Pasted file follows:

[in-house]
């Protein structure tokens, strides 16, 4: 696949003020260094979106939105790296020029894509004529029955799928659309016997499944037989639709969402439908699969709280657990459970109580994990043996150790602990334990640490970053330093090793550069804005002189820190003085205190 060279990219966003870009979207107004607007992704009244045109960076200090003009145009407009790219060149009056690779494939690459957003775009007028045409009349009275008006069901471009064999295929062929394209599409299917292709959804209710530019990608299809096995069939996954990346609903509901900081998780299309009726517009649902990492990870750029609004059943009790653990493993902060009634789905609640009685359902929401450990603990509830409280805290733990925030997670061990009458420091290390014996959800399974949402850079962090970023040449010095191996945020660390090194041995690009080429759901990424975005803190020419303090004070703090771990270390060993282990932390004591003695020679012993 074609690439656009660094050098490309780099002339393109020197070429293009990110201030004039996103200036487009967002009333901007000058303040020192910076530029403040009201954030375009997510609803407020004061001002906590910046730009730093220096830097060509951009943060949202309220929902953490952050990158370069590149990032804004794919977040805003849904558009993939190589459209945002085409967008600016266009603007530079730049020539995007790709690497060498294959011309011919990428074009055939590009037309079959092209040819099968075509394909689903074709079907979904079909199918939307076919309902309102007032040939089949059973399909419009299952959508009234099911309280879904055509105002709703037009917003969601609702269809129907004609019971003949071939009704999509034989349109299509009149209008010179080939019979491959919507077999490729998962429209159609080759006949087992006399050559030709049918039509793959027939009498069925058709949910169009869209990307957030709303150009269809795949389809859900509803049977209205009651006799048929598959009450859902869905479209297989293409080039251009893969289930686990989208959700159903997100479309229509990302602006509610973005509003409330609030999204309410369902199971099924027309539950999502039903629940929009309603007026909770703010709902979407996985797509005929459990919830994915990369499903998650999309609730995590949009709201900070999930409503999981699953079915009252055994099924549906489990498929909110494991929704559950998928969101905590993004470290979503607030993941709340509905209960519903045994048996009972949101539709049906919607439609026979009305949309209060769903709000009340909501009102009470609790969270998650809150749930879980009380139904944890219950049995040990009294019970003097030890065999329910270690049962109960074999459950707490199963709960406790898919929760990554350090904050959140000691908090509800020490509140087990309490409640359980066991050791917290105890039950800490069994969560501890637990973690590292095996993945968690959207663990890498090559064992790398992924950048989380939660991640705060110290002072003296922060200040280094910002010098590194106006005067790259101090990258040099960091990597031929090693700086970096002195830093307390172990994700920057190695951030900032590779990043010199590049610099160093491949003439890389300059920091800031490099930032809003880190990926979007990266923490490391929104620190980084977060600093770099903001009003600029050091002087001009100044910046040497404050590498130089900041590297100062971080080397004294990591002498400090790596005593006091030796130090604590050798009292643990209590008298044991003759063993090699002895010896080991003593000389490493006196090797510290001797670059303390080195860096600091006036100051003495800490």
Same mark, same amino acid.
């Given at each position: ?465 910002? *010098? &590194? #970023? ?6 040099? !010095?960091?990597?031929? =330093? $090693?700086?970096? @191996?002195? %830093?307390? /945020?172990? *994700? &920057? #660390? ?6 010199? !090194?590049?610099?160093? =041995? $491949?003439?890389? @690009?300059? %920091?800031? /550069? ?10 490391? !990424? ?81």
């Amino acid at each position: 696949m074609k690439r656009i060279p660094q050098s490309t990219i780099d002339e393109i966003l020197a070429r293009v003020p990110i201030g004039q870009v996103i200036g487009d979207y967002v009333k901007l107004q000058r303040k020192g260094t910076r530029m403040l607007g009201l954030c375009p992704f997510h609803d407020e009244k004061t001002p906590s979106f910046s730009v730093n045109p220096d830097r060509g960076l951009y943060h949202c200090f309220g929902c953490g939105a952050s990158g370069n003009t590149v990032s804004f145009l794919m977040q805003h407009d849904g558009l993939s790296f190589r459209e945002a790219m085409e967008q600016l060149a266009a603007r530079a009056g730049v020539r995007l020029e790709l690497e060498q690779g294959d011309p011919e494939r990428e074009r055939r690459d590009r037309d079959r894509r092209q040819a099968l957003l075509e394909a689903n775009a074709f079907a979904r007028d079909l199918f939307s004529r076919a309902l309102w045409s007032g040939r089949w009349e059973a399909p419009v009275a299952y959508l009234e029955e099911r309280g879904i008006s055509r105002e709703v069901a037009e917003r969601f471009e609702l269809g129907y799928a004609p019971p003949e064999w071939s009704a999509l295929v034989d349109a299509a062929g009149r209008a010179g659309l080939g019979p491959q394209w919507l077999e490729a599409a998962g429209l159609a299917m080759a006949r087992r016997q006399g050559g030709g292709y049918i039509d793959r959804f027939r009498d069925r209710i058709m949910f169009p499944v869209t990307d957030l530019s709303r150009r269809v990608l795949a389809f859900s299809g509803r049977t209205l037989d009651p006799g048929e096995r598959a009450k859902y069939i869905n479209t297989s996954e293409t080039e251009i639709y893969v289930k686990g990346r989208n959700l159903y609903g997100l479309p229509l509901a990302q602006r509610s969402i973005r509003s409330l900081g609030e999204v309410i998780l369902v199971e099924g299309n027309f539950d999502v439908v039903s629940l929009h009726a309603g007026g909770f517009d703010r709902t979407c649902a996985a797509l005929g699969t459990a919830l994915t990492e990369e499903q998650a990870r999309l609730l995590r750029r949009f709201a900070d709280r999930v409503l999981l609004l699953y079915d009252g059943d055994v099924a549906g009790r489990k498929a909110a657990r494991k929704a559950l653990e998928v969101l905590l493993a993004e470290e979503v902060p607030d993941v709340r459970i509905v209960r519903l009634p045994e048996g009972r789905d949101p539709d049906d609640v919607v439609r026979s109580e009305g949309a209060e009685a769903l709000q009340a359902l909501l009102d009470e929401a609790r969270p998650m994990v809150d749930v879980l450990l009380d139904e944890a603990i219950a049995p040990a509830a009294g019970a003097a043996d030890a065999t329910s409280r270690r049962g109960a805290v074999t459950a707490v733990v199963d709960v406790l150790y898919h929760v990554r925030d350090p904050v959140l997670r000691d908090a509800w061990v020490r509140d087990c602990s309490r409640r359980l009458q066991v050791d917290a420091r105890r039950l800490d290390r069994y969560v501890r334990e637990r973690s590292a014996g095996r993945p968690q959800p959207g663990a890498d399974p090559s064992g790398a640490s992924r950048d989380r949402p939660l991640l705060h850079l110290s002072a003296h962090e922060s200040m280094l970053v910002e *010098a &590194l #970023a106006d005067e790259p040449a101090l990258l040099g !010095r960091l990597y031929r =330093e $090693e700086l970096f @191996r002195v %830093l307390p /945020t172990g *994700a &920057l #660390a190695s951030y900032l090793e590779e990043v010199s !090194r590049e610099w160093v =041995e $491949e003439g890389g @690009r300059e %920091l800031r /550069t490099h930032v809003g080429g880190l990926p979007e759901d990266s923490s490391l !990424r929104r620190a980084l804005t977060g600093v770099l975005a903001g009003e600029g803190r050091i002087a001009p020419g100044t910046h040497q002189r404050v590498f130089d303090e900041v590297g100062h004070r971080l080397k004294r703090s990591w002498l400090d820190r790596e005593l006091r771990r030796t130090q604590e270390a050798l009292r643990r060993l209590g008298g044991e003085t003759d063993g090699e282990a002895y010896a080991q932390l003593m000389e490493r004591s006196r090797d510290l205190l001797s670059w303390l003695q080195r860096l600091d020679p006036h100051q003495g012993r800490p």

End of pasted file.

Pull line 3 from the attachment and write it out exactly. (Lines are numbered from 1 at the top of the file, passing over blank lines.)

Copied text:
Same mark, same amino acid.